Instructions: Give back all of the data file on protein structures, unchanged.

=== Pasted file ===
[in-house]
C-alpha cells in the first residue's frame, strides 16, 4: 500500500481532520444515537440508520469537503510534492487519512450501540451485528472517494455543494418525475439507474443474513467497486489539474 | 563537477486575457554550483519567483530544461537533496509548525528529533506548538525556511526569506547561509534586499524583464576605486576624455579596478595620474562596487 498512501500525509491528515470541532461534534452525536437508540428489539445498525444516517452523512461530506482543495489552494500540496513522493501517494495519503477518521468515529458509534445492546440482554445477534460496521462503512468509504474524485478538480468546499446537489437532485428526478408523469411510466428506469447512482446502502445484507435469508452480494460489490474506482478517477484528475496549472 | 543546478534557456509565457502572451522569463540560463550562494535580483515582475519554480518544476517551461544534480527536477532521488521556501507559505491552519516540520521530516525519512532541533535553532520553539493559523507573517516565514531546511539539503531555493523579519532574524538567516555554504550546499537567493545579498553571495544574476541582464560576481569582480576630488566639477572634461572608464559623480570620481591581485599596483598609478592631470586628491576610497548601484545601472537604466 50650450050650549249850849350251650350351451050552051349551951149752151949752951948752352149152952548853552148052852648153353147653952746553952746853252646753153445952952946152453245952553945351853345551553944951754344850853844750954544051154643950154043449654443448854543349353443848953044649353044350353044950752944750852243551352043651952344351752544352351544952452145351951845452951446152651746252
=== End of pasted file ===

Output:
[in-house]
C-alpha cells in the first residue's frame, strides 16, 4: 500500500481532520444515537440508520469537503510534492487519512450501540451485528472517494455543494418525475439507474443474513467497486489539474 | 563537477486575457554550483519567483530544461537533496509548525528529533506548538525556511526569506547561509534586499524583464576605486576624455579596478595620474562596487 498512501500525509491528515470541532461534534452525536437508540428489539445498525444516517452523512461530506482543495489552494500540496513522493501517494495519503477518521468515529458509534445492546440482554445477534460496521462503512468509504474524485478538480468546499446537489437532485428526478408523469411510466428506469447512482446502502445484507435469508452480494460489490474506482478517477484528475496549472 | 543546478534557456509565457502572451522569463540560463550562494535580483515582475519554480518544476517551461544534480527536477532521488521556501507559505491552519516540520521530516525519512532541533535553532520553539493559523507573517516565514531546511539539503531555493523579519532574524538567516555554504550546499537567493545579498553571495544574476541582464560576481569582480576630488566639477572634461572608464559623480570620481591581485599596483598609478592631470586628491576610497548601484545601472537604466 50650450050650549249850849350251650350351451050552051349551951149752151949752951948752352149152952548853552148052852648153353147653952746553952746853252646753153445952952946152453245952553945351853345551553944951754344850853844750954544051154643950154043449654443448854543349353443848953044649353044350353044950752944750852243551352043651952344351752544352351544952452145351951845452951446152651746252